As we neared the town of San Isidro, we passed a beautiful house and working flour mill. It belongs to a Yugoslavian man who is, in fact, a relative of the guy who owned our hotel. The mill only works half the year when the river is high enough. For the rest of the year, I’m not sure what he must do, but I can imagine the scenery must never get old. In contrast to the rest of the mostly barren land, he lives in a corner that is beautiful and full of yellow flowering shrubs. I can imagine the Yugoslavian has an interesting story of how he came to settle in such a faraway place.
San Isidro is a small village settled on the cliffs of the river. To reach this tiny community, you have to walk up a set of steep stone steps. Apparently there are some three hundred people living there, however, we only saw maybe a handful of children playing in the street and a couple of elderly people strolling around outside their front doors. It must have been siesta time. As you can imagine, the place is incredibly quiet and tranquil. The people all smiled and said good day to us as we passed them along the single narrow cobbled street running through the village. They appeared to have a happy and peaceful uncomplicated-life, which was a pleasure for us to see.
We returned to Iruya feeling satisfied and content. The walk had been wonderful and beautiful. When we got back to our hotel, we relaxed on the terrace with a cold bottle of Salta beer whilst enjoying the view and trying to spot condors. A friendly Argentinian offered us his more high-tech binoculars and we managed to catch a couple that had perched themselves on the side of the mountain. From that simple friendly gesture, we ended up chatting with this man and his family all evening as they offered us drinks (the typical Argentinian Fernet & Coca-Cola) and tasty chorizo. We were then invited to join them for dinner in the hotel restaurant, where we were treated to a delicious meal and yet more Salta cerveza.
On saying goodbye the next morning, they all gave us a big hug and kiss, said how it had been a pleasure to meet us and invited us for dinner again when they next visited Salta. What kind, warm, compassionate people the Argentinians are! I find it impossible to imagine that people would ever experience the same friendly welcome from the British. It makes us feel extremely lucky to be here meeting all these different people and having all these fantastic unforgettable experiences.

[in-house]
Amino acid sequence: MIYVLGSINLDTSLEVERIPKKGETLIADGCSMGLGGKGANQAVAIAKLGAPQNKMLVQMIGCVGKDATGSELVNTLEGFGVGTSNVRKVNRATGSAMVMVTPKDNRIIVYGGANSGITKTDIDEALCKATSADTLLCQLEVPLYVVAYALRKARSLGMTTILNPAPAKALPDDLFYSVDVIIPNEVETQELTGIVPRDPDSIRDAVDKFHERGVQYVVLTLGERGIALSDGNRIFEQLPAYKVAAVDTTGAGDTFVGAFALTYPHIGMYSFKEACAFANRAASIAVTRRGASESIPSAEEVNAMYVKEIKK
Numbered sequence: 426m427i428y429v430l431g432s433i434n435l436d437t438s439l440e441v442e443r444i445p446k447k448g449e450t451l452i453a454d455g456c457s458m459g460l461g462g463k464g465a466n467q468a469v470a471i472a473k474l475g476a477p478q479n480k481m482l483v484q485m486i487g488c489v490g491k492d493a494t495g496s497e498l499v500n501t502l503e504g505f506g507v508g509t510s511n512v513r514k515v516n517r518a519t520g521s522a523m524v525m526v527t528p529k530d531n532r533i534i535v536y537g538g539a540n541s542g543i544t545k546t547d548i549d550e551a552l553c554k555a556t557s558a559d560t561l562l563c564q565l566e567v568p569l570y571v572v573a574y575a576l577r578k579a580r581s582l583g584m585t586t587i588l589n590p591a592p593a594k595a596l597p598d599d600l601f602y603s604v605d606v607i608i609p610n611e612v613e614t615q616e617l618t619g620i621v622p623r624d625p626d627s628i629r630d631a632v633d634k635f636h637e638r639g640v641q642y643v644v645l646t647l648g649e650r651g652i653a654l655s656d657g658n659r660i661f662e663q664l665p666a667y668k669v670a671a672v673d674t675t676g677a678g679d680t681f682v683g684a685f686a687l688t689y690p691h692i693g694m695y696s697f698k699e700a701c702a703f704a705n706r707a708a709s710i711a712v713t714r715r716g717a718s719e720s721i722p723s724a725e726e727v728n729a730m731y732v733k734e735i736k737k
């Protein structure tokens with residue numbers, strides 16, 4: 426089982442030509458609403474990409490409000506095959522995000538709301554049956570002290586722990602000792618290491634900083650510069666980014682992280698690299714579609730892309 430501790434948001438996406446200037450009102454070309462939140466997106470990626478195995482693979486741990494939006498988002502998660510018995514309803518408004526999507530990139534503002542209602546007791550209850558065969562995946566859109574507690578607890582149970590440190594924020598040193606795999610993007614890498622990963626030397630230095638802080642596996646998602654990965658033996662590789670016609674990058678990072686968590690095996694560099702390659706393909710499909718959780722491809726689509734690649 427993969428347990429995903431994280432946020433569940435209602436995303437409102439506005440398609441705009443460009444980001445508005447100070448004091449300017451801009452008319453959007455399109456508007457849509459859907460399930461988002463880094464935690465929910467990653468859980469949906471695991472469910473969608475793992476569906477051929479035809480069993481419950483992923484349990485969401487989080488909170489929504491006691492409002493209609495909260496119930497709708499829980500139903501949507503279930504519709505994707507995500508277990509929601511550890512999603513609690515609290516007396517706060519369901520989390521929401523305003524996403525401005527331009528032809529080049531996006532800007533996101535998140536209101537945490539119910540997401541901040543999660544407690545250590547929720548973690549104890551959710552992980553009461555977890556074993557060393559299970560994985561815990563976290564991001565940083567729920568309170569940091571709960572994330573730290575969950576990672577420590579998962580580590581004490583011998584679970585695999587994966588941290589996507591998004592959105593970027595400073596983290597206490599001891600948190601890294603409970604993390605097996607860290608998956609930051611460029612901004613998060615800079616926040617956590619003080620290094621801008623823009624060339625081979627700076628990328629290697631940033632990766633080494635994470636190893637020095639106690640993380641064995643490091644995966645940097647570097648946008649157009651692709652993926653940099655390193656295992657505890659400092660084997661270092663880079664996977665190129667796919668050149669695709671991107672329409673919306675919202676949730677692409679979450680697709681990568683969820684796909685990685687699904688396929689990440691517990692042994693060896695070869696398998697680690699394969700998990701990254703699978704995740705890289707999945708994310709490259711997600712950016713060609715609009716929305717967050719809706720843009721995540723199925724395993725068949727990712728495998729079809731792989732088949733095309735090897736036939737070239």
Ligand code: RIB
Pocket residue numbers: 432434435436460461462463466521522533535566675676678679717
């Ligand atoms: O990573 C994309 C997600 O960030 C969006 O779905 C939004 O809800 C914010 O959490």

On our return trip to Salta, we manged to spend a few hours in the town of Humahuaca. We had been told it was worth a visit, but also that it was one of the more touristy places in the Valles Calchaquíes. For this reason, we were not too bothered about going there, but, in fact, we found it to be a pleasant place to visit for the afternoon. Yes, there were quite a few tourists, but I guess it was this that made it an interesting and lively town. Most people stay in Humahuaca in order to visit the Cerro de Siete Colores, or, hill of seven colours.
In Humahuaca, there is quite a good selection of restaurants, souvenir ‘boutiques’ and markets all catering for the more well-heeled tourists that we often come across in this region. The cobbled streets in the central part of town looked very quaint with all the colourful clothes and fabrics laid out outside the shops. The main plaza is very attractive with a pretty relatively-modern looking church. From there, you can walk up the steps to the huge monument commemorating their independence. We visited when the sun was low in the sky and it was an impressive panoramic of the surrounding mountains.